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HealthInfo Canterbury

How to eat more vegetables and fruit

Eating plenty of vegetables and fruit has been linked to better health – and for good reason. Veggies and fruit (fresh and frozen) are loaded with vitamins, minerals, fibre and antioxidants, which protect against many diseases, including heart disease and some cancers. They're also low in calories, making them a great choice for your waistline.

Eat a rainbow

Choosing a variety of different coloured vegetables and fruit ensures you receive a good range of nutrients.

Red – apples, tomatoes, strawberries, raspberries, red peppers, red potatoes.

Orange or yellow – peaches, nectarines, apricots, oranges, pineapples, pumpkins, carrots, swedes, yellow peppers, golden kumara, sweet corn.

White or brown – bananas, pears, onions, white potatoes, cauliflowers, parsnips.

Green – kiwifruit, green grapes, avocados, broccoli, leeks, peas, cabbages, brussels sprouts, lettuces, spinach, silverbeet, green beans, green peppers.

Purple or blue – blackberries, blackcurrants, blueberries, raisins, currants, prunes, beetroot, eggplant, purple-red cabbage.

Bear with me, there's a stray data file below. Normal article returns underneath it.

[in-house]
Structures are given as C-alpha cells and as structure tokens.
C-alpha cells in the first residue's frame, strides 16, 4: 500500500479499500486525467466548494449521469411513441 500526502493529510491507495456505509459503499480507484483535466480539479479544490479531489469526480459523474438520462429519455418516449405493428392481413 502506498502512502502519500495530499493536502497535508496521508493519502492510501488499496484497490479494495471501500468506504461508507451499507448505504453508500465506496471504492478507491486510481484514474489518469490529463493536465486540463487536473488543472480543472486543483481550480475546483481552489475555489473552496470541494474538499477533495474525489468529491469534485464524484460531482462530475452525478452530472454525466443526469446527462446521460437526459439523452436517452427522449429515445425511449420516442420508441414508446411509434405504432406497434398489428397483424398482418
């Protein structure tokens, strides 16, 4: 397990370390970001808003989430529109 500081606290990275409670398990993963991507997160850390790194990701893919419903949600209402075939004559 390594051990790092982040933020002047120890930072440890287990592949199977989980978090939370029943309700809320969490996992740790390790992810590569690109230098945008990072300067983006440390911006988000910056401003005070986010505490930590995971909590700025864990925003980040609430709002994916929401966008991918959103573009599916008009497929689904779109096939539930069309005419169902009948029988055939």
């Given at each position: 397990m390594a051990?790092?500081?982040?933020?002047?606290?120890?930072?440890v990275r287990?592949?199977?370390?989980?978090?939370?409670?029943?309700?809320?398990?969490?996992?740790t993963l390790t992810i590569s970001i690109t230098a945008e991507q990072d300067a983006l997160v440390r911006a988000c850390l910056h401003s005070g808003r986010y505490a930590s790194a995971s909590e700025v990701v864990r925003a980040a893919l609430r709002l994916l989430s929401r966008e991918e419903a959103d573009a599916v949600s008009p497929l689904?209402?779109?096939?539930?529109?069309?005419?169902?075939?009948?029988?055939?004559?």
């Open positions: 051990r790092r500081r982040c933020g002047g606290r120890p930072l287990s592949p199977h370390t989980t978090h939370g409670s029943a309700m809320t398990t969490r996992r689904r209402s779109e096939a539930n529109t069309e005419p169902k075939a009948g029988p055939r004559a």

Every day have at least five servings of vegetables and two servings of fruit

For health and vitality, eat five or more servings of colourful vegetables and two or more servings of fruit every day.

A serving is about a handful and we all use our own hands. So. a serving for your child will be smaller than yours.

How to add more fruit and vegetables into your diet

Include some vegetables or fruit in each meal or snack.


Lunch or dinner


For more meal and snack ideas, look at How to get 5+ a day every day on the 5+ a Day website. You might also like to try some recipes from the Fruit and Vege Co-operative.

Written by HealthInfo clinical advisers. Last reviewed October 2018.


Page reference: 33666

Review key: HIHEI-34305